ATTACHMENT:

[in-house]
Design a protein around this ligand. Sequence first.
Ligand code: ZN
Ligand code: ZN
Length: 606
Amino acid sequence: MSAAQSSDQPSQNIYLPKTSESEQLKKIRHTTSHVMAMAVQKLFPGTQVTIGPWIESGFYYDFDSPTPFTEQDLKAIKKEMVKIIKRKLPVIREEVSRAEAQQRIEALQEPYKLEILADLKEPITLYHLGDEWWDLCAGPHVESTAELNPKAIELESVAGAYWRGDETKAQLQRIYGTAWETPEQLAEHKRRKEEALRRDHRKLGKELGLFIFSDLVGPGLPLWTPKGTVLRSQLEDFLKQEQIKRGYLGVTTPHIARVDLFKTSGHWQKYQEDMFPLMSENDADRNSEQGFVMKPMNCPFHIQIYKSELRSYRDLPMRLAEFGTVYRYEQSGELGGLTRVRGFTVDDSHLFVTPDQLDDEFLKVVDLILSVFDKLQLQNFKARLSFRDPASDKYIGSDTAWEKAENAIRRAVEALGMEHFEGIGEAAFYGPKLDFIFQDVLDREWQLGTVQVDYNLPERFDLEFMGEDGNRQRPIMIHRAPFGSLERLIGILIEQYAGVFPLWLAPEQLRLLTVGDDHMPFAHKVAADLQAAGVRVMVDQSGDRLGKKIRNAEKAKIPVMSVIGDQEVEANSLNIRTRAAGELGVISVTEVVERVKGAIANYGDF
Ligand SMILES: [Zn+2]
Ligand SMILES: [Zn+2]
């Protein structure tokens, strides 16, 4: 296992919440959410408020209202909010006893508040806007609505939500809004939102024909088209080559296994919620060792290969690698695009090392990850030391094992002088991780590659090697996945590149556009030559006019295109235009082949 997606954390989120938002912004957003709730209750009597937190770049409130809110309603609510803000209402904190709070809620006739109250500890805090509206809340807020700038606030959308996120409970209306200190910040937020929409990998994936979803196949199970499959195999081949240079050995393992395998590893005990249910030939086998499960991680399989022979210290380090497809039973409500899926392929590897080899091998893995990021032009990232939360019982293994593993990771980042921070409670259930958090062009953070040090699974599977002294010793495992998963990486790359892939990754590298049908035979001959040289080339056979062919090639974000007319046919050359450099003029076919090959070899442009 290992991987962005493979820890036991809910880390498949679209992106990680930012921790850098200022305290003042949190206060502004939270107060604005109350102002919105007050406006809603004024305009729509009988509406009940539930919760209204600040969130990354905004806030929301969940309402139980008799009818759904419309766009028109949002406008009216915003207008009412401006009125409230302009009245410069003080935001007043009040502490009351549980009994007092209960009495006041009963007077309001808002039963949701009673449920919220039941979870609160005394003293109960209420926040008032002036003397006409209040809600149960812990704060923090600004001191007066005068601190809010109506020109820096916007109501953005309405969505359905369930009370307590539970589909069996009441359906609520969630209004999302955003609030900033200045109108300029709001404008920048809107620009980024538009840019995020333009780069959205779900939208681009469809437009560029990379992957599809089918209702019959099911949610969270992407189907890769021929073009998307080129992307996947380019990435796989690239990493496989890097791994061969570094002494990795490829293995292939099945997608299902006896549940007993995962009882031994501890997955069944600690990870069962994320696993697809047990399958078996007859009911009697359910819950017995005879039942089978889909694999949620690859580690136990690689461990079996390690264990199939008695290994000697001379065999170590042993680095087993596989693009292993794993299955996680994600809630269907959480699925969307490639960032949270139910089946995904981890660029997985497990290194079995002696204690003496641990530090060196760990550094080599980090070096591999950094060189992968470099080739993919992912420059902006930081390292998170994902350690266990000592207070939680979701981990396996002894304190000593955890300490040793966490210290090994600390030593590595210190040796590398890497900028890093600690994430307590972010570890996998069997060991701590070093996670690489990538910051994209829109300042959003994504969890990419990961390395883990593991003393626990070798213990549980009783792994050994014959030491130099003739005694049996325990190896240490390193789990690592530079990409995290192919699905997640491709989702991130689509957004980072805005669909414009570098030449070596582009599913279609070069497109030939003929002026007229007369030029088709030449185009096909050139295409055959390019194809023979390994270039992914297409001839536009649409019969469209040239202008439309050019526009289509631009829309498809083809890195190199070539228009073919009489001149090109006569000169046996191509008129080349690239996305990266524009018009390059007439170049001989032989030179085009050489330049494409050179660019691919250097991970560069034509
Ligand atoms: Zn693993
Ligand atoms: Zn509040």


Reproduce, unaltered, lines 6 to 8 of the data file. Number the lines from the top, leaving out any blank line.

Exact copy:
Amino acid sequence: MSAAQSSDQPSQNIYLPKTSESEQLKKIRHTTSHVMAMAVQKLFPGTQVTIGPWIESGFYYDFDSPTPFTEQDLKAIKKEMVKIIKRKLPVIREEVSRAEAQQRIEALQEPYKLEILADLKEPITLYHLGDEWWDLCAGPHVESTAELNPKAIELESVAGAYWRGDETKAQLQRIYGTAWETPEQLAEHKRRKEEALRRDHRKLGKELGLFIFSDLVGPGLPLWTPKGTVLRSQLEDFLKQEQIKRGYLGVTTPHIARVDLFKTSGHWQKYQEDMFPLMSENDADRNSEQGFVMKPMNCPFHIQIYKSELRSYRDLPMRLAEFGTVYRYEQSGELGGLTRVRGFTVDDSHLFVTPDQLDDEFLKVVDLILSVFDKLQLQNFKARLSFRDPASDKYIGSDTAWEKAENAIRRAVEALGMEHFEGIGEAAFYGPKLDFIFQDVLDREWQLGTVQVDYNLPERFDLEFMGEDGNRQRPIMIHRAPFGSLERLIGILIEQYAGVFPLWLAPEQLRLLTVGDDHMPFAHKVAADLQAAGVRVMVDQSGDRLGKKIRNAEKAKIPVMSVIGDQEVEANSLNIRTRAAGELGVISVTEVVERVKGAIANYGDF
Ligand SMILES: [Zn+2]
Ligand SMILES: [Zn+2]